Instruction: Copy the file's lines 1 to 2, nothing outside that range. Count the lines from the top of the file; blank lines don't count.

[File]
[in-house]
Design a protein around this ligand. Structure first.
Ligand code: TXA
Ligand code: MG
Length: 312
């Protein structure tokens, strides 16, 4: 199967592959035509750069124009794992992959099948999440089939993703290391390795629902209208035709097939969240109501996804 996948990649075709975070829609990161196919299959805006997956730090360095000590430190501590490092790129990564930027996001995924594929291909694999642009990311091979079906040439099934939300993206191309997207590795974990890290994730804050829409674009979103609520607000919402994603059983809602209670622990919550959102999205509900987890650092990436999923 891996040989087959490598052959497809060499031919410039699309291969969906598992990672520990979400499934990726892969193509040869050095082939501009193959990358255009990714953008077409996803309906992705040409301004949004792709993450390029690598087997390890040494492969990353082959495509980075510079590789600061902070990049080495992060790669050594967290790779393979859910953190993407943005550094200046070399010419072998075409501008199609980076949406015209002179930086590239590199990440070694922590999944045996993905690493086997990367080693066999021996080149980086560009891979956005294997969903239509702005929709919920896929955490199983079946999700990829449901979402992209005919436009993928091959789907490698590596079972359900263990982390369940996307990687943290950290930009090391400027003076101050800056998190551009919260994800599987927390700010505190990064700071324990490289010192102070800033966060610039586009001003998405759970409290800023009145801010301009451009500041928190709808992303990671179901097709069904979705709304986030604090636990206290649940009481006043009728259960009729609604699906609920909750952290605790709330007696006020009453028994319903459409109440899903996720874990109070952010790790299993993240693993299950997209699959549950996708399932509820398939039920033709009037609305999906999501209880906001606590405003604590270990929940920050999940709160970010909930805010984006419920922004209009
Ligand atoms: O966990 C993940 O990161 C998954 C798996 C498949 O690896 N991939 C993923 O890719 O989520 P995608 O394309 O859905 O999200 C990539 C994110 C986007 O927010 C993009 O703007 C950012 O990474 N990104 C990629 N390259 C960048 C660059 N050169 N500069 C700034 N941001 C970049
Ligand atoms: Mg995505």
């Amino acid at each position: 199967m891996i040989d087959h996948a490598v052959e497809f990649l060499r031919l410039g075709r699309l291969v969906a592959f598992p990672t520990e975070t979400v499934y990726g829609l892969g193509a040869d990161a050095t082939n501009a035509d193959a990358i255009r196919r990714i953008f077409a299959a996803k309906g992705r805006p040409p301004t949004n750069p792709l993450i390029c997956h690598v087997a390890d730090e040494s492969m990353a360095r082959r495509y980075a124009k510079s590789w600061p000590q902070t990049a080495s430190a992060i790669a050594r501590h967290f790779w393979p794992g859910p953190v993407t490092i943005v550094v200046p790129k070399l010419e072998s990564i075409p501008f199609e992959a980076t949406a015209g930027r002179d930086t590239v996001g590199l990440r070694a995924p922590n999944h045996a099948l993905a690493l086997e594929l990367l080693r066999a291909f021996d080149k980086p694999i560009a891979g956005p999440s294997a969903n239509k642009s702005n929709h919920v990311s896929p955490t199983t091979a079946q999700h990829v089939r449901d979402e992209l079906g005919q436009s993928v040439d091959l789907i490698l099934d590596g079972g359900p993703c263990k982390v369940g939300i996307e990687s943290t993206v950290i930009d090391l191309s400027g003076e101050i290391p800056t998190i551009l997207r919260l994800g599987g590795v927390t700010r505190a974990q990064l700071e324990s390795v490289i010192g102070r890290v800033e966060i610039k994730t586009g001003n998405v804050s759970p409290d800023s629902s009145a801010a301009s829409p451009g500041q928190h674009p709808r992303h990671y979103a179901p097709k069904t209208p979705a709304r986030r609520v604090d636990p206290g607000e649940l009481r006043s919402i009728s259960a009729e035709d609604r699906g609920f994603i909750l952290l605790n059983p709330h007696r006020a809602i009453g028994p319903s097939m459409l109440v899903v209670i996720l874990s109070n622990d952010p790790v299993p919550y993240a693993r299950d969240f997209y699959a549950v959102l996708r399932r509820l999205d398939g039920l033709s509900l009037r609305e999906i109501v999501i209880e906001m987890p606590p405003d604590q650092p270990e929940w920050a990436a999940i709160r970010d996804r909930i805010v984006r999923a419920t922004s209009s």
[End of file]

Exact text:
[in-house]
Design a protein around this ligand. Structure first.